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Am J Clin Nutr. 2007 Oct;86(4):1174-8.

Fructose intake is a predictor of LDL particle size in overweight schoolchildren.

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Human Nutrition Laboratory, Institute of Food Science and Nutrition, ETH Zurich, Zurich, Switzerland.

Erratum in

  • Am J Clin Nutr. 2008 Dec;88(6):1707.



High amounts of dietary fructose may contribute to dyslipidemia in adults, but there are few data in children. Childhood adiposity is associated with smaller LDL particle size, but the dietary predictors of LDL size in overweight children have not been studied.


We aimed to determine whether LDL particle size is associated with dietary factors and specifically with fructose intake in normal-weight and overweight children.


In a cross-sectional study of normal-weight and overweight 6-14 y-old Swiss children (n = 74), dietary intakes were assessed by using two 24-h-recalls and a 1-d dietary record. Body mass index (BMI) and waist-hip ratio (WHR) were measured, and plasma lipid profile and LDL particle size were determined.


Compared with the normal-weight group, overweight children had significantly higher plasma triacylglycerol concentrations, lower HDL-cholesterol concentrations, and smaller LDL particle size (P < 0.05). LDL particle size was inversely correlated to BMI SD scores and WHR (P = 0.007). Although there were no significant differences in total fructose intake, the overweight children consumed a significantly (P < 0.05) higher percentage of fructose from sweets and sweetened drinks than did the normal-weight children. After control for adiposity, the only dietary factor that was a significant predictor of LDL particle size was total fructose intake (P = 0.024).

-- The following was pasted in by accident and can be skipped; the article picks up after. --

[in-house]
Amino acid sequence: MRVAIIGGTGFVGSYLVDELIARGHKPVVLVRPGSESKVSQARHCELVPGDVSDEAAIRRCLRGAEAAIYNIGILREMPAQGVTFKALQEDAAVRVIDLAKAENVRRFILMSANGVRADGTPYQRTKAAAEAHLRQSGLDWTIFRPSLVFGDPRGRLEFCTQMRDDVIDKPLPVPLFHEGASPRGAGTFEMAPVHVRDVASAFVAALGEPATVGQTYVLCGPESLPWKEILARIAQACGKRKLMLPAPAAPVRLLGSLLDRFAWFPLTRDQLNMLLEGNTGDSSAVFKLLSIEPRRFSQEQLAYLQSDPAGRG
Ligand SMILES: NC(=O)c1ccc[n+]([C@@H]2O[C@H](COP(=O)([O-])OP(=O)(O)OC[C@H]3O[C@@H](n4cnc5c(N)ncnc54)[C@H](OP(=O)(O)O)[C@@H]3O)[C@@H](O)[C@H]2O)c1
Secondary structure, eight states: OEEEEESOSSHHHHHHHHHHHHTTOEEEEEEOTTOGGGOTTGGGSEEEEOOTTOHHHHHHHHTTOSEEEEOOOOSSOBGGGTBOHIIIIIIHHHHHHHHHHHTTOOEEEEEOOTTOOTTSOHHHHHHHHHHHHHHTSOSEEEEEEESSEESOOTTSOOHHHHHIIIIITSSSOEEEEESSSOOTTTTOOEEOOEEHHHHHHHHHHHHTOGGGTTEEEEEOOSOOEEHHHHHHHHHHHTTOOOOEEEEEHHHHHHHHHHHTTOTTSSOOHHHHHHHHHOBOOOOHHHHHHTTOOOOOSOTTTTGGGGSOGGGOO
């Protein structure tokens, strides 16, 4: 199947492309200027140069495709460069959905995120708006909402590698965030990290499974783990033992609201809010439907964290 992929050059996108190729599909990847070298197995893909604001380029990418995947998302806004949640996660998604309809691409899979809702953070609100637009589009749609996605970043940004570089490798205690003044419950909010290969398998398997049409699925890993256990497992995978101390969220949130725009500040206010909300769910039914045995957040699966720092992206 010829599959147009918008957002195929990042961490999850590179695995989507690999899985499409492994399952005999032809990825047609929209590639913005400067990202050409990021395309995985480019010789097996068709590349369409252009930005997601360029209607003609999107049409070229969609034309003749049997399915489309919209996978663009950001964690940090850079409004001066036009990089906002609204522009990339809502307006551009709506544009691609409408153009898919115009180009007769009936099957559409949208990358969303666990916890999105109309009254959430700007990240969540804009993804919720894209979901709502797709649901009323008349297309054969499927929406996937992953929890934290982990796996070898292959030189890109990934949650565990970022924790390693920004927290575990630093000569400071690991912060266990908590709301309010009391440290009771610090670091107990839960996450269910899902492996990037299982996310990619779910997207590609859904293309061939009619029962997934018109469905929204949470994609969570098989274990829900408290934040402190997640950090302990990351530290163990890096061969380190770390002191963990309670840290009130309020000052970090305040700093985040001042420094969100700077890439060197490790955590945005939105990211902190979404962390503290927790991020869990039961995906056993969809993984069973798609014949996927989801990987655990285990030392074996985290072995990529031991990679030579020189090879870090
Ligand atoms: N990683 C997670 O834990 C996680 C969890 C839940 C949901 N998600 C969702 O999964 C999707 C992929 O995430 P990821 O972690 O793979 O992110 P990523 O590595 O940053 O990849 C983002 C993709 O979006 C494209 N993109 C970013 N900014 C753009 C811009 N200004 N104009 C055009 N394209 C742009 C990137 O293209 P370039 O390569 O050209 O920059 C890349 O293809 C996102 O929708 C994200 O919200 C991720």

In school-age children, greater total and central adiposity are associated with smaller LDL particle size and lower HDL cholesterol. Overweight children consume more fructose from sweets and sweetened drinks than do normal-weight children, and higher fructose intake predicts smaller LDL particle size.

[Indexed for MEDLINE]

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